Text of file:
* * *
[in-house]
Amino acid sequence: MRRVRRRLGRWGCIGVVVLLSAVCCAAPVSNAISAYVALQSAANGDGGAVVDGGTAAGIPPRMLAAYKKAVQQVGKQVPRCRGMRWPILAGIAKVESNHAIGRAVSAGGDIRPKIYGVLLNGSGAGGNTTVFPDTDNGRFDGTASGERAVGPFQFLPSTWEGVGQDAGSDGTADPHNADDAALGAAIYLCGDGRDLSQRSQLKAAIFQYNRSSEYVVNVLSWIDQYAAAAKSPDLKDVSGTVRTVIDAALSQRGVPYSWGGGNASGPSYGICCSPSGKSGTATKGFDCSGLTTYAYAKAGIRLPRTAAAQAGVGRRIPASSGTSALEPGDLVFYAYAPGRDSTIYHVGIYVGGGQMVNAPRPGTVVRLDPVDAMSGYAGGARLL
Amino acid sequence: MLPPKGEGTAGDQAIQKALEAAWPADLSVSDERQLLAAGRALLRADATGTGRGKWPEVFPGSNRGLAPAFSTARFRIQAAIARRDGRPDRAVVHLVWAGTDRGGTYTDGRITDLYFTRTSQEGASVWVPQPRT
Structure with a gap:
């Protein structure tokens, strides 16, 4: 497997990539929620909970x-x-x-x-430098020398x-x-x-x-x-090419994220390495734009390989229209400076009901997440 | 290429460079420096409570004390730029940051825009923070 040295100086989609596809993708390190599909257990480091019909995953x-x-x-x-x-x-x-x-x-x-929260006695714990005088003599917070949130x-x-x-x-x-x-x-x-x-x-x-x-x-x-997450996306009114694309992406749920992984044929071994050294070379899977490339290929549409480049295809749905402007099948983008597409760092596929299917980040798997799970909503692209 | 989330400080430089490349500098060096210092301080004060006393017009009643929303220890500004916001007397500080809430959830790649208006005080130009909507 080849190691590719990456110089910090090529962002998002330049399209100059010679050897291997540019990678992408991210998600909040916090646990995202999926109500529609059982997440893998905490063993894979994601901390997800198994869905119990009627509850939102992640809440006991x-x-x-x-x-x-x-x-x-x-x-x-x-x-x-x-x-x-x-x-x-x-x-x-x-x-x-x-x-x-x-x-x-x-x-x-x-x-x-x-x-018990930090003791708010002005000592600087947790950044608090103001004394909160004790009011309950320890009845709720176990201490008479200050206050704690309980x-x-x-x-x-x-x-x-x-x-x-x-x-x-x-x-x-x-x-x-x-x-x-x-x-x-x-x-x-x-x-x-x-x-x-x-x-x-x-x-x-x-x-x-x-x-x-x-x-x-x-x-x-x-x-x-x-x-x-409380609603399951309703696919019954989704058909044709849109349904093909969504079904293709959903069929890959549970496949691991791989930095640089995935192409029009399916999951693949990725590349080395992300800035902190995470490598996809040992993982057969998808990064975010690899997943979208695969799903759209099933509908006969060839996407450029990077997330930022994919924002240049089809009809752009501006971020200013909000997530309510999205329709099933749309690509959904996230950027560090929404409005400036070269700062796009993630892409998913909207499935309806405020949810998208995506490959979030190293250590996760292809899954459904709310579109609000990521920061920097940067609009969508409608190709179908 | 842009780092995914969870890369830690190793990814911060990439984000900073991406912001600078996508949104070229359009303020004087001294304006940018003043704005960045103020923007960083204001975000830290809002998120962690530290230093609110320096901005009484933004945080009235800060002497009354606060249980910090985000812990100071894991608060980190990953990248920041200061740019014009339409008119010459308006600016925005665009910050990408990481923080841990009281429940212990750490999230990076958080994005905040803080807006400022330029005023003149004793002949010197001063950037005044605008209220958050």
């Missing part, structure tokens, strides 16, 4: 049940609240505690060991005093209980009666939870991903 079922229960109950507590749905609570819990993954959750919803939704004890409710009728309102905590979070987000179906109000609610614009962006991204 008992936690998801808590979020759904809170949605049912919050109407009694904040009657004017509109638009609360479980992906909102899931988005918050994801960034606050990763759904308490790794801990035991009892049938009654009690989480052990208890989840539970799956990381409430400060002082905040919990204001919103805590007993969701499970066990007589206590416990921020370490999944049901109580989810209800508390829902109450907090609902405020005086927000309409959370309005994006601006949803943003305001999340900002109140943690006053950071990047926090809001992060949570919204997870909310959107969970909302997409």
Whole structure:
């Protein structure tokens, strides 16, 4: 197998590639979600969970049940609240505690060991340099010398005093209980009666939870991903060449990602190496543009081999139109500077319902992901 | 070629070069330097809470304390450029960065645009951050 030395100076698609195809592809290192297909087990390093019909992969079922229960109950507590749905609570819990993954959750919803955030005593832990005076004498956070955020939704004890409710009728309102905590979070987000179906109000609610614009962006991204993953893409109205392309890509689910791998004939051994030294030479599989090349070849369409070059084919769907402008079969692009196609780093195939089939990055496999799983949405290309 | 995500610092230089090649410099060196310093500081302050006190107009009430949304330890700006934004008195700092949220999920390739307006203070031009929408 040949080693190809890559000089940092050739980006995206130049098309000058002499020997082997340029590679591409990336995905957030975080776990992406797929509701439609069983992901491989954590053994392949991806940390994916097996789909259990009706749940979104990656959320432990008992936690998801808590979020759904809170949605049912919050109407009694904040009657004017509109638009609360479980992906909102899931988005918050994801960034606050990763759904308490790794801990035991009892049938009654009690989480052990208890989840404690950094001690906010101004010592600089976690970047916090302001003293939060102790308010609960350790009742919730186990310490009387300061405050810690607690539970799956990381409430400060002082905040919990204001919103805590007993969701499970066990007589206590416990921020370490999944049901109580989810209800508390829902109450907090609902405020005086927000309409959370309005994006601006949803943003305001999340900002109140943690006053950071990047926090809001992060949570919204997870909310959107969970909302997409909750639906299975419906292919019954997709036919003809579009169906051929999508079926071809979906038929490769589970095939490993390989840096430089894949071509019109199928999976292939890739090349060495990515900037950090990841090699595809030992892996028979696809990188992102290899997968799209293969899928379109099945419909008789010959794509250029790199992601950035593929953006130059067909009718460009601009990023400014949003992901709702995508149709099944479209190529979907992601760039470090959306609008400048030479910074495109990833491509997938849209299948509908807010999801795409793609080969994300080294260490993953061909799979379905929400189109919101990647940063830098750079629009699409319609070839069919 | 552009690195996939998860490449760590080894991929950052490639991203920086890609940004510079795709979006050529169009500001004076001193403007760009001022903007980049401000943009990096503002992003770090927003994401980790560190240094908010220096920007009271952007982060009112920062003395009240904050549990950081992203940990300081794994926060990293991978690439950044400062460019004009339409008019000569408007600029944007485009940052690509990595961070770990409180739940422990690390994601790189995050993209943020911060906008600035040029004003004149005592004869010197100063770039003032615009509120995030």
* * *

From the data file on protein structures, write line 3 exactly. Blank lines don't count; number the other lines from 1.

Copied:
Amino acid sequence: MLPPKGEGTAGDQAIQKALEAAWPADLSVSDERQLLAAGRALLRADATGTGRGKWPEVFPGSNRGLAPAFSTARFRIQAAIARRDGRPDRAVVHLVWAGTDRGGTYTDGRITDLYFTRTSQEGASVWVPQPRT